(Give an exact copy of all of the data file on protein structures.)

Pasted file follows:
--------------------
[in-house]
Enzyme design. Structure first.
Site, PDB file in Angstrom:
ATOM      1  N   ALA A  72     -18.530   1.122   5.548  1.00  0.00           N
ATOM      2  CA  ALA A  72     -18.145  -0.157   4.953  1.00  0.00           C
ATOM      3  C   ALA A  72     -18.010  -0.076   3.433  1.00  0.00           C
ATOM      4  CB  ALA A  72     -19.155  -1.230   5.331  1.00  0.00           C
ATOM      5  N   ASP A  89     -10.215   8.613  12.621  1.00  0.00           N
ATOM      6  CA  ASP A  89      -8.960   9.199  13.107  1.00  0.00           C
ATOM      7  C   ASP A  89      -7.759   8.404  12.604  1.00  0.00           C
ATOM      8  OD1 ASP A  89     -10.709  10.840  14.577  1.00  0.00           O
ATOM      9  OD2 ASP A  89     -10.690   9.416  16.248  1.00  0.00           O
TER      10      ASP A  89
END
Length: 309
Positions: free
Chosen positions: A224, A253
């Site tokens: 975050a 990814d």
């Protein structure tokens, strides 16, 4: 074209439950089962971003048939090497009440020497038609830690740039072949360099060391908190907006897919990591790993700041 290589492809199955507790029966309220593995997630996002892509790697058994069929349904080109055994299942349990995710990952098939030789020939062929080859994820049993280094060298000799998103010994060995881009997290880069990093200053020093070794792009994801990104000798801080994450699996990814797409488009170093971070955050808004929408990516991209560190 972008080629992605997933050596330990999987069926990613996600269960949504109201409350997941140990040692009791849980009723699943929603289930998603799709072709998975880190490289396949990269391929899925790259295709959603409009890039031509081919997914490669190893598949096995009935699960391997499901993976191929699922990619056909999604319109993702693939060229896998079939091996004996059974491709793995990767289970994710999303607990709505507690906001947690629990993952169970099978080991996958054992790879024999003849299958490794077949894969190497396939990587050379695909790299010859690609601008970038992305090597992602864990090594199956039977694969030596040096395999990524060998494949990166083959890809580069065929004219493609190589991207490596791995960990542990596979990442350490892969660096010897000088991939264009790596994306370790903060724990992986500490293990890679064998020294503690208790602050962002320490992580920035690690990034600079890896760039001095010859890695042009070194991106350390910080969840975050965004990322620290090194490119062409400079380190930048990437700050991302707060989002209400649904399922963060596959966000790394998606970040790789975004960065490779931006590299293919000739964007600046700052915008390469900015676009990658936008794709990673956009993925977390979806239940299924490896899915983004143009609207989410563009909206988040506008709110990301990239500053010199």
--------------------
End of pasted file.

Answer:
[in-house]
Enzyme design. Structure first.
Site, PDB file in Angstrom:
ATOM      1  N   ALA A  72     -18.530   1.122   5.548  1.00  0.00           N
ATOM      2  CA  ALA A  72     -18.145  -0.157   4.953  1.00  0.00           C
ATOM      3  C   ALA A  72     -18.010  -0.076   3.433  1.00  0.00           C
ATOM      4  CB  ALA A  72     -19.155  -1.230   5.331  1.00  0.00           C
ATOM      5  N   ASP A  89     -10.215   8.613  12.621  1.00  0.00           N
ATOM      6  CA  ASP A  89      -8.960   9.199  13.107  1.00  0.00           C
ATOM      7  C   ASP A  89      -7.759   8.404  12.604  1.00  0.00           C
ATOM      8  OD1 ASP A  89     -10.709  10.840  14.577  1.00  0.00           O
ATOM      9  OD2 ASP A  89     -10.690   9.416  16.248  1.00  0.00           O
TER      10      ASP A  89
END
Length: 309
Positions: free
Chosen positions: A224, A253
């Site tokens: 975050a 990814d």
């Protein structure tokens, strides 16, 4: 074209439950089962971003048939090497009440020497038609830690740039072949360099060391908190907006897919990591790993700041 290589492809199955507790029966309220593995997630996002892509790697058994069929349904080109055994299942349990995710990952098939030789020939062929080859994820049993280094060298000799998103010994060995881009997290880069990093200053020093070794792009994801990104000798801080994450699996990814797409488009170093971070955050808004929408990516991209560190 972008080629992605997933050596330990999987069926990613996600269960949504109201409350997941140990040692009791849980009723699943929603289930998603799709072709998975880190490289396949990269391929899925790259295709959603409009890039031509081919997914490669190893598949096995009935699960391997499901993976191929699922990619056909999604319109993702693939060229896998079939091996004996059974491709793995990767289970994710999303607990709505507690906001947690629990993952169970099978080991996958054992790879024999003849299958490794077949894969190497396939990587050379695909790299010859690609601008970038992305090597992602864990090594199956039977694969030596040096395999990524060998494949990166083959890809580069065929004219493609190589991207490596791995960990542990596979990442350490892969660096010897000088991939264009790596994306370790903060724990992986500490293990890679064998020294503690208790602050962002320490992580920035690690990034600079890896760039001095010859890695042009070194991106350390910080969840975050965004990322620290090194490119062409400079380190930048990437700050991302707060989002209400649904399922963060596959966000790394998606970040790789975004960065490779931006590299293919000739964007600046700052915008390469900015676009990658936008794709990673956009993925977390979806239940299924490896899915983004143009609207989410563009909206988040506008709110990301990239500053010199």